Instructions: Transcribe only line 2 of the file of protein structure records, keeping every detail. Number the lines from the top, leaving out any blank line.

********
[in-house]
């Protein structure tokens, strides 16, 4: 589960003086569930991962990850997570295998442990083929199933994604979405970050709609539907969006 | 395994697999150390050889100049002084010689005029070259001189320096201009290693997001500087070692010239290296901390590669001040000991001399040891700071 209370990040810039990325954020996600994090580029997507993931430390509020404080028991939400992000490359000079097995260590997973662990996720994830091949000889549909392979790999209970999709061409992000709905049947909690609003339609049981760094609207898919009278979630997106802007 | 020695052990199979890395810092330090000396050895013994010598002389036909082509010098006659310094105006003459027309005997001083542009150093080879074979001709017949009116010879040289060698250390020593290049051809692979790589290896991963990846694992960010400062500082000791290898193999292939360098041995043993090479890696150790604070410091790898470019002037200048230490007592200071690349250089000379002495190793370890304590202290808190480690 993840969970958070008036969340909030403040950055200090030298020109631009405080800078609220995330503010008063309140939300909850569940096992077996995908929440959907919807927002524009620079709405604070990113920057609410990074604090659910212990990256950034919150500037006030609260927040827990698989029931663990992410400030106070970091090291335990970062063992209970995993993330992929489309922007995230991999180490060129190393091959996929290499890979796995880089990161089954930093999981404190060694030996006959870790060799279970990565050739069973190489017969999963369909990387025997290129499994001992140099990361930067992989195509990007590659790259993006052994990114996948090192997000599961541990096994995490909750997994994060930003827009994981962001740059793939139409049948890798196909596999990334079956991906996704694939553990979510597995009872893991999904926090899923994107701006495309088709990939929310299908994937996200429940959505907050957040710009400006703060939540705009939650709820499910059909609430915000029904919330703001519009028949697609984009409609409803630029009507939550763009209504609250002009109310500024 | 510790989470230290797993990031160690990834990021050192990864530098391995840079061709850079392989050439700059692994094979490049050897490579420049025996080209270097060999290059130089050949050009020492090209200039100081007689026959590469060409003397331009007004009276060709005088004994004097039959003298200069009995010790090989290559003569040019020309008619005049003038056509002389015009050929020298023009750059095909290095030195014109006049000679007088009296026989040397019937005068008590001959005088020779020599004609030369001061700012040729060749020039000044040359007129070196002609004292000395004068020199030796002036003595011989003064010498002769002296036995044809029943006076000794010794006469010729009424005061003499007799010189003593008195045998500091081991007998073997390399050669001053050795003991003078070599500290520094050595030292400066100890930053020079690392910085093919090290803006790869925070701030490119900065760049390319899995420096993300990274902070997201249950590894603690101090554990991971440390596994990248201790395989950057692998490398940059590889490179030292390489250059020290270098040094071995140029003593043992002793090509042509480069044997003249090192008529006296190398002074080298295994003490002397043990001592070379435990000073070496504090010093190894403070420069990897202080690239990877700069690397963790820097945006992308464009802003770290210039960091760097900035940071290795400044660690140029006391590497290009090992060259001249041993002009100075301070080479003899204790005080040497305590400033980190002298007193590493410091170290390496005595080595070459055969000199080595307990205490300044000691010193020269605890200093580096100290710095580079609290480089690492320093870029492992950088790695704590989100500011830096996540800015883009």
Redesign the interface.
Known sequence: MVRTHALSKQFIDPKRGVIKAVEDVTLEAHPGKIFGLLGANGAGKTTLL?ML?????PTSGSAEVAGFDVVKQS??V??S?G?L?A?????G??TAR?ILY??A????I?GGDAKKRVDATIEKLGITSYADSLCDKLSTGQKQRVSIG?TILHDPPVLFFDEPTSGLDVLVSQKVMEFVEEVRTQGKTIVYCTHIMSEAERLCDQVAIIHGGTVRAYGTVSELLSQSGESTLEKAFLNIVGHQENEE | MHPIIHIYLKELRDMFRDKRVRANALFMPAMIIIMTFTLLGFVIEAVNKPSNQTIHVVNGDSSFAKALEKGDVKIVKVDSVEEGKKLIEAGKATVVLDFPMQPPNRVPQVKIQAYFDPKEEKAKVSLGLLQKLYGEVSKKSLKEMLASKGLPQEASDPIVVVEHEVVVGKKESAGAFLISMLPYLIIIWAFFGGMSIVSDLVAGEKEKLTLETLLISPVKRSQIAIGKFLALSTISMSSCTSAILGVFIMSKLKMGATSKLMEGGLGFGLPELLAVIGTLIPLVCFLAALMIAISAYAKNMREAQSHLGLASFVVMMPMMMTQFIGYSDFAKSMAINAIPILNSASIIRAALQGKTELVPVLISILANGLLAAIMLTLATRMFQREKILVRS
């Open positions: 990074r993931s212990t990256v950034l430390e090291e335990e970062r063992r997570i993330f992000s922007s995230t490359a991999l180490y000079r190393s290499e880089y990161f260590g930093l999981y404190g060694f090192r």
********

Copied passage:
């Protein structure tokens, strides 16, 4: 589960003086569930991962990850997570295998442990083929199933994604979405970050709609539907969006 | 395994697999150390050889100049002084010689005029070259001189320096201009290693997001500087070692010239290296901390590669001040000991001399040891700071 209370990040810039990325954020996600994090580029997507993931430390509020404080028991939400992000490359000079097995260590997973662990996720994830091949000889549909392979790999209970999709061409992000709905049947909690609003339609049981760094609207898919009278979630997106802007 | 020695052990199979890395810092330090000396050895013994010598002389036909082509010098006659310094105006003459027309005997001083542009150093080879074979001709017949009116010879040289060698250390020593290049051809692979790589290896991963990846694992960010400062500082000791290898193999292939360098041995043993090479890696150790604070410091790898470019002037200048230490007592200071690349250089000379002495190793370890304590202290808190480690 993840969970958070008036969340909030403040950055200090030298020109631009405080800078609220995330503010008063309140939300909850569940096992077996995908929440959907919807927002524009620079709405604070990113920057609410990074604090659910212990990256950034919150500037006030609260927040827990698989029931663990992410400030106070970091090291335990970062063992209970995993993330992929489309922007995230991999180490060129190393091959996929290499890979796995880089990161089954930093999981404190060694030996006959870790060799279970990565050739069973190489017969999963369909990387025997290129499994001992140099990361930067992989195509990007590659790259993006052994990114996948090192997000599961541990096994995490909750997994994060930003827009994981962001740059793939139409049948890798196909596999990334079956991906996704694939553990979510597995009872893991999904926090899923994107701006495309088709990939929310299908994937996200429940959505907050957040710009400006703060939540705009939650709820499910059909609430915000029904919330703001519009028949697609984009409609409803630029009507939550763009209504609250002009109310500024 | 510790989470230290797993990031160690990834990021050192990864530098391995840079061709850079392989050439700059692994094979490049050897490579420049025996080209270097060999290059130089050949050009020492090209200039100081007689026959590469060409003397331009007004009276060709005088004994004097039959003298200069009995010790090989290559003569040019020309008619005049003038056509002389015009050929020298023009750059095909290095030195014109006049000679007088009296026989040397019937005068008590001959005088020779020599004609030369001061700012040729060749020039000044040359007129070196002609004292000395004068020199030796002036003595011989003064010498002769002296036995044809029943006076000794010794006469010729009424005061003499007799010189003593008195045998500091081991007998073997390399050669001053050795003991003078070599500290520094050595030292400066100890930053020079690392910085093919090290803006790869925070701030490119900065760049390319899995420096993300990274902070997201249950590894603690101090554990991971440390596994990248201790395989950057692998490398940059590889490179030292390489250059020290270098040094071995140029003593043992002793090509042509480069044997003249090192008529006296190398002074080298295994003490002397043990001592070379435990000073070496504090010093190894403070420069990897202080690239990877700069690397963790820097945006992308464009802003770290210039960091760097900035940071290795400044660690140029006391590497290009090992060259001249041993002009100075301070080479003899204790005080040497305590400033980190002298007193590493410091170290390496005595080595070459055969000199080595307990205490300044000691010193020269605890200093580096100290710095580079609290480089690492320093870029492992950088790695704590989100500011830096996540800015883009």